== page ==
Guest Column: Learning to Relax

Learning to Relax
By Roseanna Frechette

Relaxation 101. That might be a helpful back-to-school class, especially since so many people don’t know how to relax. But most people would never sign up for this class because most people place relaxation low on the list of priorities. And those that might know the importance of relaxation are afraid if they ever slow down enough to relax they’ll never get going again.

Consider this: A day has the same amount of time in it whether a person is moving too slow or too fast. When we slow down enough we tend to stay mindful, organized, and efficient. When we speed up too much we tend to lose focus, drop details, and tense up (often remaining tense long after our tasks are done).

The most common bad habit amongst humans is said to be the way we hold onto unnecessary tension. Hypertension, heart disease and chronic anxiety are high on the list of real risks for those that refuse to slow down, are unable to shed tension, never learn to relax.

Webster’s definition of relaxation includes: “to make less tense or rigid” and “to seek rest or recreation” (as in “relax at the seashore”). But we need not be at the seashore in order to benefit from relaxed awareness. Relaxation is a state of mind. As I write these words under deadline pressure, I know I can find the mind to relax. I can stop typing for a few moments. Sit back in my chair. Unclench my jaw. Soften and drop my shoulders. Take a slow, deep breath. Think: “R-e-l-a-x…” Be relaxed.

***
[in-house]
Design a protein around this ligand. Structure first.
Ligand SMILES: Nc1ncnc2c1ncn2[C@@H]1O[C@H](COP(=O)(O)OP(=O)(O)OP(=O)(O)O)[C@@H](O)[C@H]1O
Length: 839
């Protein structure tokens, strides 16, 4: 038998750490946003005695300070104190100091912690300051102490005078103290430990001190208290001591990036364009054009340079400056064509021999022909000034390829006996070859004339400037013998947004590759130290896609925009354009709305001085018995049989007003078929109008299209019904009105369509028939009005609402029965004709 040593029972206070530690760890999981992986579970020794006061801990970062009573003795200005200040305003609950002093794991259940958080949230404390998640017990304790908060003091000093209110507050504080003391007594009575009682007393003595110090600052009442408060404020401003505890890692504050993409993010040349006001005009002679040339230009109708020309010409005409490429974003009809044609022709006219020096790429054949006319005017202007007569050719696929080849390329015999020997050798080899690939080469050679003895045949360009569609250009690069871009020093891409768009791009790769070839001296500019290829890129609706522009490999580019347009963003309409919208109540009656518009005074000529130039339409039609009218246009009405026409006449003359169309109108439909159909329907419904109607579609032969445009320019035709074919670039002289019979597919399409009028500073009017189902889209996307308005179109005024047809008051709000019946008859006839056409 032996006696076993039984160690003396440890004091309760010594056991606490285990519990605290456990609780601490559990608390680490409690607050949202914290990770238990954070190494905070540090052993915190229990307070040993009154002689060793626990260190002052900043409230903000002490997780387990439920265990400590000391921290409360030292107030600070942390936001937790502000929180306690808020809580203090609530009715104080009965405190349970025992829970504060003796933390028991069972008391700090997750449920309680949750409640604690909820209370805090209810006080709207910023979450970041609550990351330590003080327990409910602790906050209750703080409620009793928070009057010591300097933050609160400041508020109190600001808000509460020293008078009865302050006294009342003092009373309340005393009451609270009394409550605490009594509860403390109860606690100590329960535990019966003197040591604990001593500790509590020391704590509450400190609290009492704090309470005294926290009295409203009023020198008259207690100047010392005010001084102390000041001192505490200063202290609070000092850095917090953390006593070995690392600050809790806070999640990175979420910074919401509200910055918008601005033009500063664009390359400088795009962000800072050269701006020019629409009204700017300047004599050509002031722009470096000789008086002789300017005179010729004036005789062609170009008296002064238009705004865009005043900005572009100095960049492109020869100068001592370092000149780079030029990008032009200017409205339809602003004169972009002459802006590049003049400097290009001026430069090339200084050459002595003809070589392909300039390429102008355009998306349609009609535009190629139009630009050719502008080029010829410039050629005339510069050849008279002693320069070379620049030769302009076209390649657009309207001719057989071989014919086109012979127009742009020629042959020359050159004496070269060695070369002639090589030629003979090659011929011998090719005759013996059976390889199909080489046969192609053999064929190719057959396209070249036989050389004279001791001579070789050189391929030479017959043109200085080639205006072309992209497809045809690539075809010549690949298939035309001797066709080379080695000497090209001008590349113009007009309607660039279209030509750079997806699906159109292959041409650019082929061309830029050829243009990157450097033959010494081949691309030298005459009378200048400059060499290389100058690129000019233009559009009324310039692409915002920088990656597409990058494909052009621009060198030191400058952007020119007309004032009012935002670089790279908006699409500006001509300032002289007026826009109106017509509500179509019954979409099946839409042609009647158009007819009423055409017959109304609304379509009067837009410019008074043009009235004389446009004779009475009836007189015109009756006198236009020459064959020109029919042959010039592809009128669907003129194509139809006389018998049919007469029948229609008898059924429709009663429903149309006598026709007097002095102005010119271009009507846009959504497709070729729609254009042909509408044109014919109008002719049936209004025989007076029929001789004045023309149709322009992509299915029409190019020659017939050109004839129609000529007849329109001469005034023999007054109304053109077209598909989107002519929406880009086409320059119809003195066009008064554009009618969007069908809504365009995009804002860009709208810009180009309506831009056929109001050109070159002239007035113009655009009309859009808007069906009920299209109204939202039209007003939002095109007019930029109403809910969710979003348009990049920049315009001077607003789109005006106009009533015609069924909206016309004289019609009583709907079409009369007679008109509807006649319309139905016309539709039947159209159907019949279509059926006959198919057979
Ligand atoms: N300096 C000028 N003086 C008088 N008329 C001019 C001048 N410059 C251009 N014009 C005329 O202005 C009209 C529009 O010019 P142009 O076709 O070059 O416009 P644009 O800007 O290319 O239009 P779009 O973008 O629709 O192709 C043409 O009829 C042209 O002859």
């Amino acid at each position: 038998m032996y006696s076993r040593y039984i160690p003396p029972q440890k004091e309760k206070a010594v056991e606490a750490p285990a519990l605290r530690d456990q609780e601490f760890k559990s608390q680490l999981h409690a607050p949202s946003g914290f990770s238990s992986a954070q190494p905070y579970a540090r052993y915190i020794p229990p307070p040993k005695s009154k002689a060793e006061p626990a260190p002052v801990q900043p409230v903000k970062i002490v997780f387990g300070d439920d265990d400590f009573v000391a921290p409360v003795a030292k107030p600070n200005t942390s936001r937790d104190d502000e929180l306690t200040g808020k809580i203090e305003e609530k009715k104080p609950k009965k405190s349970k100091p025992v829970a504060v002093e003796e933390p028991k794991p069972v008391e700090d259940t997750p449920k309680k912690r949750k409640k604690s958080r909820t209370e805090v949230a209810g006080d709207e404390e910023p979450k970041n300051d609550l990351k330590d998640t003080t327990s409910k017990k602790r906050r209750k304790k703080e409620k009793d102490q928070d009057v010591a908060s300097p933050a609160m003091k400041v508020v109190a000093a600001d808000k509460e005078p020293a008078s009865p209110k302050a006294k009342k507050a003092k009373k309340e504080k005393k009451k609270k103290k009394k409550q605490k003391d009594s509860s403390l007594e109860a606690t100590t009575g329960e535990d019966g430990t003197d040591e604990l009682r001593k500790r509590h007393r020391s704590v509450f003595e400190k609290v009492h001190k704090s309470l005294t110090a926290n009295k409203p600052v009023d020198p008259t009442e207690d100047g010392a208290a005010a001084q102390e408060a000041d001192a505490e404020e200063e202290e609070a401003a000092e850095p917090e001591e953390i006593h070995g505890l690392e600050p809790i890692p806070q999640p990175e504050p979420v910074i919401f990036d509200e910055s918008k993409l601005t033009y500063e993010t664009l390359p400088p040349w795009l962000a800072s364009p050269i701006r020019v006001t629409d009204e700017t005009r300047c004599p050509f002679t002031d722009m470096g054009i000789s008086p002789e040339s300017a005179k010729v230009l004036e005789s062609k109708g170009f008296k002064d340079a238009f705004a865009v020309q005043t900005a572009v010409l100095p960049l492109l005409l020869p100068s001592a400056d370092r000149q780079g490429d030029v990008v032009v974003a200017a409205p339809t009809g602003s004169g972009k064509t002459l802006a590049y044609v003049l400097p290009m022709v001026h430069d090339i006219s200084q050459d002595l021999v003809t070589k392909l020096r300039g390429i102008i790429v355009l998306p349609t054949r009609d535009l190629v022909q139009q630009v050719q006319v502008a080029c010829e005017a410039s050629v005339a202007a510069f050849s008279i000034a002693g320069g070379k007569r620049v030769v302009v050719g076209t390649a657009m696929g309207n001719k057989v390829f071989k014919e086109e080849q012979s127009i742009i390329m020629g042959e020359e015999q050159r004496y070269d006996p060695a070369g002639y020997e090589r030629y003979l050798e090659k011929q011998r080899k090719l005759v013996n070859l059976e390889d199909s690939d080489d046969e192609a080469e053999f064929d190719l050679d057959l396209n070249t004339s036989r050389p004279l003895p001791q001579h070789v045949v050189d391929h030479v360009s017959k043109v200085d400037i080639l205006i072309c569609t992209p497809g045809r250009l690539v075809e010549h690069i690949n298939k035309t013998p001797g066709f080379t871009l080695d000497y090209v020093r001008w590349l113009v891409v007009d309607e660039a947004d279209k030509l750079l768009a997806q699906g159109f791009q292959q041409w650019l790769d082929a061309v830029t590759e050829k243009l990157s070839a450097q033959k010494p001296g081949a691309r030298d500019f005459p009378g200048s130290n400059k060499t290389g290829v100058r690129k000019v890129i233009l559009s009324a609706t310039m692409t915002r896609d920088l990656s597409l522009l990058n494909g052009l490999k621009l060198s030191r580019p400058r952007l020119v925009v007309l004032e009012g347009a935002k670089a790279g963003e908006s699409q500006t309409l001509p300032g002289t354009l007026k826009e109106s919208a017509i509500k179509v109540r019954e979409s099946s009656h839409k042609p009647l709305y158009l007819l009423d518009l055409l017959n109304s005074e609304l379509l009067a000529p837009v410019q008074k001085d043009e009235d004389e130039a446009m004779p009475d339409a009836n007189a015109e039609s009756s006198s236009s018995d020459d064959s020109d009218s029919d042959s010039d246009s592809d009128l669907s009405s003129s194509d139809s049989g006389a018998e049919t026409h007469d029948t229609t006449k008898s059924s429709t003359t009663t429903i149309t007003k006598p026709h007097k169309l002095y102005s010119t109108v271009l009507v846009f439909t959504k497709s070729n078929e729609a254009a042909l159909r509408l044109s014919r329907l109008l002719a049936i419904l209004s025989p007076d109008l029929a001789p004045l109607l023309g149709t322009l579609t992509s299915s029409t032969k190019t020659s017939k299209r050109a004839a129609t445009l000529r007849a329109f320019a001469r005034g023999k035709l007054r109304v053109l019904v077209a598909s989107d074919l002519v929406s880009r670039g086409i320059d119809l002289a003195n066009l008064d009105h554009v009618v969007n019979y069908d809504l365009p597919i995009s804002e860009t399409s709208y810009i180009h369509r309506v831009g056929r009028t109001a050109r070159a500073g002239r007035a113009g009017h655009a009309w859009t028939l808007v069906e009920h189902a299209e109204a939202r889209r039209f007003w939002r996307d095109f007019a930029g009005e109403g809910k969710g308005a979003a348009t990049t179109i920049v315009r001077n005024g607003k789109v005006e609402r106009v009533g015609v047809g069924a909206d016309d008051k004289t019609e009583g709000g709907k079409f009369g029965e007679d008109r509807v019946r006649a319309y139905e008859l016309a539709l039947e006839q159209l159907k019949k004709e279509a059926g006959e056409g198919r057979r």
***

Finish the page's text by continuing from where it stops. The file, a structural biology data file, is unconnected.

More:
When the mind is relaxed, the body follows. And one does not need an easy chair, bed, or bath to make this happen. I’m reminded of the first time I found myself relaxed while driving on a busy freeway in L.A.: Five lanes of traffic in each direction at 80 mph in rush hour. The tension was getting me down. Someone passed me going 90 on the right. It seemed I might need to speed up. Instead, I decided to relax. I softened my jaw, slowed my breathing, let my mind cease its nervous chatter. I stayed aware that I was driving. Yet I’d slipped into drive-and-relax mode.

Perhaps my yoga profession helps with this. But being relaxed is not exclusively for those who practice yoga. I have many non-yogi friends who have simply learned to relax. These are friends who smile while detailing the stress of their lives. They seem always to have an available calm. Once a person gets good at relaxation, the realization is made that it doesn’t make sense to be without it. The benefits of being relaxed are good as gold. If you truly get this you’ll have passed, with a gold star, Relaxation 101.

Throughout August, The Oxford Club, Spa and Salon celebrates back-to-school energy with an array of helpful treatments and services. Be sure to ask about our educator and student discounts. We hope to see you soon.

Roseanna Frechette is Yoga Director and Business Development Rep for The Oxford Club, Spa and Salon, 1616 17th Street in LoDo; 303-628-5522; oxfordclubspa.com. This article first appeared in Downtown Denver News LoDo.

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